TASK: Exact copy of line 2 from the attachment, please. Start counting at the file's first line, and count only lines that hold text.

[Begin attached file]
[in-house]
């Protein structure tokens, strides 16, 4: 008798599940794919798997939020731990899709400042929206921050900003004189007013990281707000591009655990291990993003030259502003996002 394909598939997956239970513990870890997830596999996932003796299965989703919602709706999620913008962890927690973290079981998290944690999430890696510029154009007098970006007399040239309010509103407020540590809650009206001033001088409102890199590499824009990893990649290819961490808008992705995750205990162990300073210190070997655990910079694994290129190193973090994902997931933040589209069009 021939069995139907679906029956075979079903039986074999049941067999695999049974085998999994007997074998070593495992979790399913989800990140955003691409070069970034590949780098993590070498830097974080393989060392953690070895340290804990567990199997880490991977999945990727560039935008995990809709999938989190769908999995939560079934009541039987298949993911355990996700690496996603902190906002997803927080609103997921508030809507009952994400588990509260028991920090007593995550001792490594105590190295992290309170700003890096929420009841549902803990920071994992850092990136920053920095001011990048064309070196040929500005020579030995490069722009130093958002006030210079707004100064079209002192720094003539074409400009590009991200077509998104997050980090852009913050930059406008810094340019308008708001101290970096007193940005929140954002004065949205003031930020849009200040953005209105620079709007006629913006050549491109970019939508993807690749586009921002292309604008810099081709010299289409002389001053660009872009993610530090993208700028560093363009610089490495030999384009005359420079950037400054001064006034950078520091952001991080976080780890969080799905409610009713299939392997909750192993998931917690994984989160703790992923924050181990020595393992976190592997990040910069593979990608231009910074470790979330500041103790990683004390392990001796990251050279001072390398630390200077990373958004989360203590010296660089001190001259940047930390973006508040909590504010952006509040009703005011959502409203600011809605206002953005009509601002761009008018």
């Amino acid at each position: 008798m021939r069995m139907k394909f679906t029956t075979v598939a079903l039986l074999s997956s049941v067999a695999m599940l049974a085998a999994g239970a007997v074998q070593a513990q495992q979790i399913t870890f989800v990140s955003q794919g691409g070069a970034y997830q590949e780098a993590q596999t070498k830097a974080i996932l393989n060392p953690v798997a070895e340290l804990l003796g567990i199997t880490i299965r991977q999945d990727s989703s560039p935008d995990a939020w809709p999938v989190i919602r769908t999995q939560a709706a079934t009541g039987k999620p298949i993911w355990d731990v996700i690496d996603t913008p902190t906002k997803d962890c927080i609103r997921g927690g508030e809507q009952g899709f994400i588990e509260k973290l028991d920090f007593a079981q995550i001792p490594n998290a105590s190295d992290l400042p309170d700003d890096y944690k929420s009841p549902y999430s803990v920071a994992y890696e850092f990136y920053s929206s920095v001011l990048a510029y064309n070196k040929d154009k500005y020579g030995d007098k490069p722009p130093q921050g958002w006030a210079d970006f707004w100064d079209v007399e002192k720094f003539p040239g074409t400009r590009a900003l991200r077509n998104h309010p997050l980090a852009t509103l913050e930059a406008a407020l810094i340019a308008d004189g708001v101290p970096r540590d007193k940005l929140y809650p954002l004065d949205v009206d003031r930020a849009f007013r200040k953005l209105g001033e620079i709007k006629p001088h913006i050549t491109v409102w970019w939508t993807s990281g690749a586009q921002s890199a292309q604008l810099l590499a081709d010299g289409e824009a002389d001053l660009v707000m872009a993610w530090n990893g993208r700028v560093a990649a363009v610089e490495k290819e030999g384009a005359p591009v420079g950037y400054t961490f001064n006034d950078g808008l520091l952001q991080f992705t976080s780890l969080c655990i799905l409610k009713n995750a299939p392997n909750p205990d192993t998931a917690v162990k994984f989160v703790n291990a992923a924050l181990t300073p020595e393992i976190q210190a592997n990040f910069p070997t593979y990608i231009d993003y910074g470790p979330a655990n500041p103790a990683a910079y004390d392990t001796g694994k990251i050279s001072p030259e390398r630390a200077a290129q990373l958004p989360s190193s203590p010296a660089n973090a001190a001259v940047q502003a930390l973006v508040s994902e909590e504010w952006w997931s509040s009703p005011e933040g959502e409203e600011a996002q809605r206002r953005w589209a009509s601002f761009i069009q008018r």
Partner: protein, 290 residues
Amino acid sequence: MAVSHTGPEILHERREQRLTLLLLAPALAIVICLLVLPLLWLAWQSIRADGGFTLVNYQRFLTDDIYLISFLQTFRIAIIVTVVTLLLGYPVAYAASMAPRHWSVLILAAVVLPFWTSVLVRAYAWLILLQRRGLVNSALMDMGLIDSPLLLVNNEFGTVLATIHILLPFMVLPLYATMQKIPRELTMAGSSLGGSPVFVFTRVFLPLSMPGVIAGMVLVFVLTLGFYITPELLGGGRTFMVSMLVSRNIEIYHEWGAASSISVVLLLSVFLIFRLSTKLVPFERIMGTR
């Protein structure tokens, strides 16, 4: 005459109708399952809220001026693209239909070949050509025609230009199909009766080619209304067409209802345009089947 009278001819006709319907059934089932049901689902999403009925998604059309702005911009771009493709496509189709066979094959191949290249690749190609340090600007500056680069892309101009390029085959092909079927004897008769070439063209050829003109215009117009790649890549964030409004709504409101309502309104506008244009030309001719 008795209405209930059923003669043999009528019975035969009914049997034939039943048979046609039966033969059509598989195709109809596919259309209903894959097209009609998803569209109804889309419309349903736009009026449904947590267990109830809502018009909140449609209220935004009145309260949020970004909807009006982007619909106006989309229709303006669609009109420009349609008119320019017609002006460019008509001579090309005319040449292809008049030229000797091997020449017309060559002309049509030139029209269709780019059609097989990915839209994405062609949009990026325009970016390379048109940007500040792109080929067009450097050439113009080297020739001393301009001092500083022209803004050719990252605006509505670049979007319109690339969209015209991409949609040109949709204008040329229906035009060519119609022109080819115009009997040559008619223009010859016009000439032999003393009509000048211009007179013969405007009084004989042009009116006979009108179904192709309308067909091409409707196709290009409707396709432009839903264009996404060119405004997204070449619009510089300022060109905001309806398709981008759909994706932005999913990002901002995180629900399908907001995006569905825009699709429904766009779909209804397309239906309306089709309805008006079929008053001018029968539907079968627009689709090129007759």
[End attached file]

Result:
């Protein structure tokens, strides 16, 4: 008798599940794919798997939020731990899709400042929206921050900003004189007013990281707000591009655990291990993003030259502003996002 394909598939997956239970513990870890997830596999996932003796299965989703919602709706999620913008962890927690973290079981998290944690999430890696510029154009007098970006007399040239309010509103407020540590809650009206001033001088409102890199590499824009990893990649290819961490808008992705995750205990162990300073210190070997655990910079694994290129190193973090994902997931933040589209069009 021939069995139907679906029956075979079903039986074999049941067999695999049974085998999994007997074998070593495992979790399913989800990140955003691409070069970034590949780098993590070498830097974080393989060392953690070895340290804990567990199997880490991977999945990727560039935008995990809709999938989190769908999995939560079934009541039987298949993911355990996700690496996603902190906002997803927080609103997921508030809507009952994400588990509260028991920090007593995550001792490594105590190295992290309170700003890096929420009841549902803990920071994992850092990136920053920095001011990048064309070196040929500005020579030995490069722009130093958002006030210079707004100064079209002192720094003539074409400009590009991200077509998104997050980090852009913050930059406008810094340019308008708001101290970096007193940005929140954002004065949205003031930020849009200040953005209105620079709007006629913006050549491109970019939508993807690749586009921002292309604008810099081709010299289409002389001053660009872009993610530090993208700028560093363009610089490495030999384009005359420079950037400054001064006034950078520091952001991080976080780890969080799905409610009713299939392997909750192993998931917690994984989160703790992923924050181990020595393992976190592997990040910069593979990608231009910074470790979330500041103790990683004390392990001796990251050279001072390398630390200077990373958004989360203590010296660089001190001259940047930390973006508040909590504010952006509040009703005011959502409203600011809605206002953005009509601002761009008018």